The Day of the Dead

The Day of the Dead

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Day of the Dead

The Day of the Dead (or Dia De Muertos) is a traditional holiday observed throughout Mexico celebrated October 31st to November 2nd. The holiday focuses on the gathering of family and friends for the purpose of  remembering family members who have died. This practice is supposed to help the deceased on their spiritual journeys, as well as the living with healing emotionally. Historians trace the origins of the holiday back hundreds of years to an Aztec festival dedicated to the goddess Mictecacihuatl, the goddess of the underworld. Her role as a goddess is to watch over the bones of the dead as well as over the festivals of the dead. Though death is usually a sad and grim event, celebrations can take a humorous tone. Participants are encouraged to remember funny events about the departed and celebrate their lives, march in the parades, and create alters for the dead.

Ofrendas

Participating persons often go to cemeteries to be with the souls of the departed and build private altars to honor the deceased with marigolds (flowers), sugar skulls, and the favorite foods of the departed near or on the graves. Photos and other  memorabilia of the departed are also typically included. These private altars are called ofrendas. Most celebrators clean their houses and prepare the favorite dishes of their deceased loved ones to place upon their ofrendas. Public schools at all levels also sometimes build ofrendas, but usually omit the religious symbols common in the alters outside of the public school system. The intent in making an ofrenda is to encourage the souls of the departed to visit, so that they will hear the comments of the living.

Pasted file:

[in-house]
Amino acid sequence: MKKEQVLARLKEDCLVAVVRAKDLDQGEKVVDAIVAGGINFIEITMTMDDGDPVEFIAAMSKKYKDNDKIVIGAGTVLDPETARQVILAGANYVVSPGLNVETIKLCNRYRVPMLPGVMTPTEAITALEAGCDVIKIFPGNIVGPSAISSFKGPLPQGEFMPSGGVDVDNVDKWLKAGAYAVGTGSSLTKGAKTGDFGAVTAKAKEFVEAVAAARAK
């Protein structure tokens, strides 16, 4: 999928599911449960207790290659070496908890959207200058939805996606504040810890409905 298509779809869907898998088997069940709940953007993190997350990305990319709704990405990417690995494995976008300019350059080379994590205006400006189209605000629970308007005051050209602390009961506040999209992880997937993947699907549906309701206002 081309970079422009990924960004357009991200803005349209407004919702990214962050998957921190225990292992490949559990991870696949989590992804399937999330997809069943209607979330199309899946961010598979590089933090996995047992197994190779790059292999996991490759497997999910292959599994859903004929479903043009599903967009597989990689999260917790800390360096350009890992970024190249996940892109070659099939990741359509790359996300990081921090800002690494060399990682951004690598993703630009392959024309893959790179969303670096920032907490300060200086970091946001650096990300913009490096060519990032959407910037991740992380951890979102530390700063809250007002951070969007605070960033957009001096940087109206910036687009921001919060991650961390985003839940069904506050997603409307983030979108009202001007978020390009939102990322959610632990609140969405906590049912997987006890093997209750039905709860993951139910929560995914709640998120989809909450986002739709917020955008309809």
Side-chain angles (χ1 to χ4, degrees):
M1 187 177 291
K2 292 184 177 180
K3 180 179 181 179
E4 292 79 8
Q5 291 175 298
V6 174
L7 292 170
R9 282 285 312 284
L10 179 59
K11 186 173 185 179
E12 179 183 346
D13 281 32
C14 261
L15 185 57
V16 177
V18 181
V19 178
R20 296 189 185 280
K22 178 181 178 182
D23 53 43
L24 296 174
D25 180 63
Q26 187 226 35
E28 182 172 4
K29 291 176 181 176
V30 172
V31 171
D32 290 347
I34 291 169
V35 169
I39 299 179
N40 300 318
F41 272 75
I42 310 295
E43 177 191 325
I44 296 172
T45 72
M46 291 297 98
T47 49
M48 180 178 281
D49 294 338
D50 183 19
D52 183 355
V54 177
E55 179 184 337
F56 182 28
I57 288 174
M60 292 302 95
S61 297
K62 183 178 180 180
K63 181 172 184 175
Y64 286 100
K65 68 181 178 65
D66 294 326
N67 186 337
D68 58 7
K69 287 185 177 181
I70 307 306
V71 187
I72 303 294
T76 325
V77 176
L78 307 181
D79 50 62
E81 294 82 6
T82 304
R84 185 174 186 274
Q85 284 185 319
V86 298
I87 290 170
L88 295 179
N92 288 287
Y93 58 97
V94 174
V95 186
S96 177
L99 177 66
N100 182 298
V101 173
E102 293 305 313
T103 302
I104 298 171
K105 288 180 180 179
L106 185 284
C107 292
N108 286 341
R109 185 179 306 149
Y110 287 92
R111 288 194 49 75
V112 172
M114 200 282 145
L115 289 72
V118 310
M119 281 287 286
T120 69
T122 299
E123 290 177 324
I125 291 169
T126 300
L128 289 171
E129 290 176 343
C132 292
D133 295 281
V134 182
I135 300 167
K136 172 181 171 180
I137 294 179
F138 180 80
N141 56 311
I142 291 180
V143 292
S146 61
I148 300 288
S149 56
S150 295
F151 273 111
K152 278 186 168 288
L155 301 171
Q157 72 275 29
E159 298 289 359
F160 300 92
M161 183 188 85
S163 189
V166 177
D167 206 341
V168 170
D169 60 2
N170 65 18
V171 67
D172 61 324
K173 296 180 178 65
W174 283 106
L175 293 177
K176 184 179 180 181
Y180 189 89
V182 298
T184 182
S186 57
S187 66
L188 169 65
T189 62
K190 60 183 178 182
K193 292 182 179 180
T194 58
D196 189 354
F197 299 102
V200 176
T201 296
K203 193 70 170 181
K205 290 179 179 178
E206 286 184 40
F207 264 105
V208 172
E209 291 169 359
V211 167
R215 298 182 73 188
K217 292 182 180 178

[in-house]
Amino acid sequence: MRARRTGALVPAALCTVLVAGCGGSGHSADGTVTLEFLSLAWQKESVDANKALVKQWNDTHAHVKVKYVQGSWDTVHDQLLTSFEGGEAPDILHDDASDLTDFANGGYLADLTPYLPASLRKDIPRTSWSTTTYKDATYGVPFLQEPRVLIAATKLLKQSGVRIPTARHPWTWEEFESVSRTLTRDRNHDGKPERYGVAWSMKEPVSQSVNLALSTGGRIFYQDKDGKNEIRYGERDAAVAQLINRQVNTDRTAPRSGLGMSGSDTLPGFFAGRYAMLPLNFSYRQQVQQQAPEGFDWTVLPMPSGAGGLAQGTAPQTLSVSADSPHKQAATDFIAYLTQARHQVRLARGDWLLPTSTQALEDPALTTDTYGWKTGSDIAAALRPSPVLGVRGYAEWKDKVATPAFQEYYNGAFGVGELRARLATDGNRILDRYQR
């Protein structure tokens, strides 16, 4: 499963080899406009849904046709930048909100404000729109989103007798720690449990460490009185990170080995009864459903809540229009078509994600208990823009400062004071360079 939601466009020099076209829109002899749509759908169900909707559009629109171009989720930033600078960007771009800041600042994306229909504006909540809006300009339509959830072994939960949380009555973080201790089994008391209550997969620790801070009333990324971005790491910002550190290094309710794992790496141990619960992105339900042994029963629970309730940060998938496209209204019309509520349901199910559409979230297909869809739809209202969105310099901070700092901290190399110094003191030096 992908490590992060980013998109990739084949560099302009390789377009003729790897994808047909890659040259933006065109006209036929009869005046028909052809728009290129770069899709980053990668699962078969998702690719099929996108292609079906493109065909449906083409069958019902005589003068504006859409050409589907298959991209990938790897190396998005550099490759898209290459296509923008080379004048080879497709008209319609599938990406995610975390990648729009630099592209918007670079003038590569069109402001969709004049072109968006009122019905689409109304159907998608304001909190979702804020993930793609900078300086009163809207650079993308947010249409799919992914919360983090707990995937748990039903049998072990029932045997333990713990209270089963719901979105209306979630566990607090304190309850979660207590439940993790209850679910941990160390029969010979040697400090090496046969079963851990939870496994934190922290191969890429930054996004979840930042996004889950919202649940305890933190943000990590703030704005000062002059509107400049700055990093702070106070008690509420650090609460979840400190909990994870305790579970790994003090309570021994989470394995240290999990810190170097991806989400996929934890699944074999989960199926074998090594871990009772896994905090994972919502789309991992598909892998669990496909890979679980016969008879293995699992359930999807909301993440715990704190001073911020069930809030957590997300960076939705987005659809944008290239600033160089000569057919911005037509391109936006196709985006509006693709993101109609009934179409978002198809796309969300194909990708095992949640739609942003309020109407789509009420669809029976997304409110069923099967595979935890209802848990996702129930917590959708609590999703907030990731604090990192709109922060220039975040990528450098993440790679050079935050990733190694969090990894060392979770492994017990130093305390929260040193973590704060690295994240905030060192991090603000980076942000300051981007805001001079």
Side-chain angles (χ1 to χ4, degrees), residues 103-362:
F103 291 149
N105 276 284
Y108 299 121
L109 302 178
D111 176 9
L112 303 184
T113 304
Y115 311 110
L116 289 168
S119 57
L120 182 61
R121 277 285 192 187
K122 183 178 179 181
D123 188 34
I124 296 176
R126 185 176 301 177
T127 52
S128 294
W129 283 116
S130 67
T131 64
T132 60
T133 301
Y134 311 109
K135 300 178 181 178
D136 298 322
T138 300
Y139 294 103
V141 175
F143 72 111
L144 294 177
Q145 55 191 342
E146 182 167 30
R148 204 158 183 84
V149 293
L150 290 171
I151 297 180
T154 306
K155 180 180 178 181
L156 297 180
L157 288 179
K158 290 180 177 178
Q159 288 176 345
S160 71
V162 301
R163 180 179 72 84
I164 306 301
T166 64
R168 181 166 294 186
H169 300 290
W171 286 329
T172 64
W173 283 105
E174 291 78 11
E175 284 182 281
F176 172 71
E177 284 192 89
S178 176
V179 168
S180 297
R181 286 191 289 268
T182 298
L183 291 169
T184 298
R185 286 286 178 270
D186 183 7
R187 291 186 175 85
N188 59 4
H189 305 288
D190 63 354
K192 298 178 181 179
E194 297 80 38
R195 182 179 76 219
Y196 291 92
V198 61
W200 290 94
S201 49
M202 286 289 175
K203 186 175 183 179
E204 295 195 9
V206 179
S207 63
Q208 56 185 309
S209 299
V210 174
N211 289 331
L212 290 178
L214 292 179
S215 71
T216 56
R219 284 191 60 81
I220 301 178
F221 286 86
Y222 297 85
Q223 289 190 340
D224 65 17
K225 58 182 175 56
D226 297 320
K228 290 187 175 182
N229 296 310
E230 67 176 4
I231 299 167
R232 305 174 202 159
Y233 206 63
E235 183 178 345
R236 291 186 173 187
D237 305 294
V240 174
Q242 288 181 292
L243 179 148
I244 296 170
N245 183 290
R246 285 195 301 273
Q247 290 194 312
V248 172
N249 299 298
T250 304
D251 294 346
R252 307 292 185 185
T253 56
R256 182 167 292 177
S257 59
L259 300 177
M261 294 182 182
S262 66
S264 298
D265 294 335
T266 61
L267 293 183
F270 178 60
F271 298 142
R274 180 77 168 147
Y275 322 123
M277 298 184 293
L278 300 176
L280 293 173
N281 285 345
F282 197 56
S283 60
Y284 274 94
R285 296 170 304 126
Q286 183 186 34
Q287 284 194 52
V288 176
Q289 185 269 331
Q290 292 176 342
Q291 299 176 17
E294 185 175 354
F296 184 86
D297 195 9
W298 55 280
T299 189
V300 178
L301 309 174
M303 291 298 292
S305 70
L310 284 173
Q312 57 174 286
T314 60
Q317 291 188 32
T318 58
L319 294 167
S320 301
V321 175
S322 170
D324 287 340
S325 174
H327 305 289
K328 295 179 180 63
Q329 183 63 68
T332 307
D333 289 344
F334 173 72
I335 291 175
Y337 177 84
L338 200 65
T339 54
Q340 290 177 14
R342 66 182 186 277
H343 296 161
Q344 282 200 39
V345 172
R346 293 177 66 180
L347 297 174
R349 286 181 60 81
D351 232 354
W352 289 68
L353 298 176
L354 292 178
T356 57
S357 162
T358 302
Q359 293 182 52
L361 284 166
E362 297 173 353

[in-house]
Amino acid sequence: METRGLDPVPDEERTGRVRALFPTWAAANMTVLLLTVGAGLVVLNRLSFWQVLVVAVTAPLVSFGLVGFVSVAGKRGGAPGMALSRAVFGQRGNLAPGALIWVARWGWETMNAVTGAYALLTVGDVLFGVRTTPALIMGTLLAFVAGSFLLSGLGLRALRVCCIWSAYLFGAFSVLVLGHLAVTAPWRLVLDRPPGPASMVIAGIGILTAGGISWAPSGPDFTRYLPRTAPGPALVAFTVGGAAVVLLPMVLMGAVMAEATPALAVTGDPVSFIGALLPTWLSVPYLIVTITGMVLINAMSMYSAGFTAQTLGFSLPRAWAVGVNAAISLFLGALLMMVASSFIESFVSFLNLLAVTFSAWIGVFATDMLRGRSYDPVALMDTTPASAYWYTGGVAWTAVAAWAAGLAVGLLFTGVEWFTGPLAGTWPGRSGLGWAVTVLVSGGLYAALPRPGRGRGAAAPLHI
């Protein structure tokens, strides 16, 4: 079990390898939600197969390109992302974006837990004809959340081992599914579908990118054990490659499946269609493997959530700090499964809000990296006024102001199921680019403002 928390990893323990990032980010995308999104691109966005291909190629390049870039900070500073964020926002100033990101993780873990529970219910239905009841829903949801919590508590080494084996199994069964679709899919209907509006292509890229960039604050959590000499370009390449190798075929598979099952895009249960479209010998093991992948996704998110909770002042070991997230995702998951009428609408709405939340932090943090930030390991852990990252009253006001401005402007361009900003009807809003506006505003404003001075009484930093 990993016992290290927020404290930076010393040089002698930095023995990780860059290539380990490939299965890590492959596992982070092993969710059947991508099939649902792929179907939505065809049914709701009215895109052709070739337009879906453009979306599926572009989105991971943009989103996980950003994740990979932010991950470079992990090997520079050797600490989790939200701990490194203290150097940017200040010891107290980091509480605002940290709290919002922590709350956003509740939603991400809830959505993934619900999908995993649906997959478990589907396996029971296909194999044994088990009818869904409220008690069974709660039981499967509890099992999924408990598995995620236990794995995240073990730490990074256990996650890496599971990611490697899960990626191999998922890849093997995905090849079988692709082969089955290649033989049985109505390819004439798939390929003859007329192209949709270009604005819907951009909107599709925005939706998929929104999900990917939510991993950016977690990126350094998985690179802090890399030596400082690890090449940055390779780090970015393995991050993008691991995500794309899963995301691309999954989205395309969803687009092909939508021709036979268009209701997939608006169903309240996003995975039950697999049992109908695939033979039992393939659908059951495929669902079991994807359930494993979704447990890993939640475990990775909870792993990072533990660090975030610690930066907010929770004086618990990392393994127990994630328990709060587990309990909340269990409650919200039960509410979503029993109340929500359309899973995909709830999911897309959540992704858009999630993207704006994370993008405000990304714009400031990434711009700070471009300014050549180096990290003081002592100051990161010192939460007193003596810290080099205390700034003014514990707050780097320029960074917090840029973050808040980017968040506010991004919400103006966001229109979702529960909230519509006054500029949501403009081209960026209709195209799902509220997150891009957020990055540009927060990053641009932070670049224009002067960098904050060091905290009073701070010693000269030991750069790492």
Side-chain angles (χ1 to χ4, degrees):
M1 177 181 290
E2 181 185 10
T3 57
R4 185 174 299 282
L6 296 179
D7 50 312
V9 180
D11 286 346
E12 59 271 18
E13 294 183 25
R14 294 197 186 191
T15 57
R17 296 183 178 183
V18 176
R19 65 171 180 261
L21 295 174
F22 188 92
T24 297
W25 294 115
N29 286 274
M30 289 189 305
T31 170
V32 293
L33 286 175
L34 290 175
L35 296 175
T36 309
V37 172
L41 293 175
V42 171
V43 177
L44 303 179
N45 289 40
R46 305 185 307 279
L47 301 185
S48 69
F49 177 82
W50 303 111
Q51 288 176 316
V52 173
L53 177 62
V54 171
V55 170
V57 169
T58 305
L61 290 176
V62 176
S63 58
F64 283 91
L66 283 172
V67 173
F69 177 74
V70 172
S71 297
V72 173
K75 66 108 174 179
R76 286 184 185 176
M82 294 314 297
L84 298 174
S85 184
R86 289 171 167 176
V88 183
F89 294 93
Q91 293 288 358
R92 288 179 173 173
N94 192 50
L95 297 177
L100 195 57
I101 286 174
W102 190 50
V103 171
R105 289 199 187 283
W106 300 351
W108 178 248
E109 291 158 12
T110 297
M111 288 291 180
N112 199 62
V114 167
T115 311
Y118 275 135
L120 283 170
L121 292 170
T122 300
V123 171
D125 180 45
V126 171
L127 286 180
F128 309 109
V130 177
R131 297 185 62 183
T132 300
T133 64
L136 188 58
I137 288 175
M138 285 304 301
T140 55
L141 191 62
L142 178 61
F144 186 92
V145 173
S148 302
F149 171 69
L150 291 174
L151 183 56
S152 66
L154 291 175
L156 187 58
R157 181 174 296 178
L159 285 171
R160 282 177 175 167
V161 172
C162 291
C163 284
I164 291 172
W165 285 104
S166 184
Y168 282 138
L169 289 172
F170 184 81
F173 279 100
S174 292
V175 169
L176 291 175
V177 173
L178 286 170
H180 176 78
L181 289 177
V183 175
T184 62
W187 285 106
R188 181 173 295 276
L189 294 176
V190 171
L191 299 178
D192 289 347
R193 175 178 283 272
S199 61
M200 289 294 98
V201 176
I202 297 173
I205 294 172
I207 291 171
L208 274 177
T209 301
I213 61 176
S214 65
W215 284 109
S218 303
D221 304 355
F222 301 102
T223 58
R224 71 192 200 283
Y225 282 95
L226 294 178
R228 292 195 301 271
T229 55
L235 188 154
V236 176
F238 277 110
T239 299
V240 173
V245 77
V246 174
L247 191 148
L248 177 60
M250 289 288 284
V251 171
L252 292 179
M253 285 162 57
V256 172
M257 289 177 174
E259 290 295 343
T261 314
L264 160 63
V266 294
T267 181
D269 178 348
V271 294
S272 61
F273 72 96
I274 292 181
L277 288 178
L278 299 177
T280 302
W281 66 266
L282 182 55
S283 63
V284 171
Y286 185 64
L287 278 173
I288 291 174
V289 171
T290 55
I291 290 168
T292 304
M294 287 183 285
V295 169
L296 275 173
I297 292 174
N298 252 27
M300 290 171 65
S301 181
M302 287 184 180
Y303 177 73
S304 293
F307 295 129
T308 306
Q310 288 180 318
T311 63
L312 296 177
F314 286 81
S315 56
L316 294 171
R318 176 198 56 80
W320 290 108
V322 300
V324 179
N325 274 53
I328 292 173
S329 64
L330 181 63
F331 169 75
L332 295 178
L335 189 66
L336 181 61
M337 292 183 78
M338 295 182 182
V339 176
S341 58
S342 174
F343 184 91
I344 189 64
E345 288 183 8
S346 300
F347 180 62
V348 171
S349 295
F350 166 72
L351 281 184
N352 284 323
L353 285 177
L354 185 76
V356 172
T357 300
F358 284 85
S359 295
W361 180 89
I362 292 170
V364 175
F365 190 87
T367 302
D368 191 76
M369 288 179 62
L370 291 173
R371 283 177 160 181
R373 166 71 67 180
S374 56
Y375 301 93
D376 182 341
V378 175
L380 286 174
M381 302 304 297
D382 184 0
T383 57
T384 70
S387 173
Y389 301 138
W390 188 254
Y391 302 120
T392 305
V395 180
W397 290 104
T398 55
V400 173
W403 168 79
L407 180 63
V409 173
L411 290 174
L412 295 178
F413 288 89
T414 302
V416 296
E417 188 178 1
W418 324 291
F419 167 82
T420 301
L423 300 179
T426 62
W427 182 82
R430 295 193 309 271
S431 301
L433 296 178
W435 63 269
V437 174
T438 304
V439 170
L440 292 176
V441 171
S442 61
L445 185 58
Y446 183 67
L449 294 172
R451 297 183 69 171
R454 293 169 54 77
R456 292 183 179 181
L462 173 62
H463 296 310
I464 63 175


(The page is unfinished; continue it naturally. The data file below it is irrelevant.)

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Some believe possessing Dia De Muertos items, such as sugar skulls or items place on an ofrenda, can bring about good luck. With this idea in mind, many people carry Day of the Dead dolls and some even get tattoos of skulls, marigolds, or other Day of the Dead related images.

Sugar Skulls

In the 17th century, sugar art was brought to the New World (Central America) by missionaries. Although Mexico was abundant in sugar production at the time, its people were too poor to buy fancy imported European decorations.Nevertheless, they learned quickly how to make their own sugar art for their religious festivals. Clay molded sugar figures were created. These early figures depicted things such as angels and, of course, the famous sugar skulls. Sugar skulls represent a departed soul and usually have the name of the deceased written on the forehead. These sugar skulls are a staple of ofrenda offerings and in abundant production during the Day of the Dead. They are labor intensive to make and usually made in small batches at home, but imported candy skulls are quickly taking the place of traditional sugar skulls for the mere convenience. The art style of sugar skull reflects a folk art style. Colorful icing is paired with wide smiles and the treats are often adorned with glitter.

 

 

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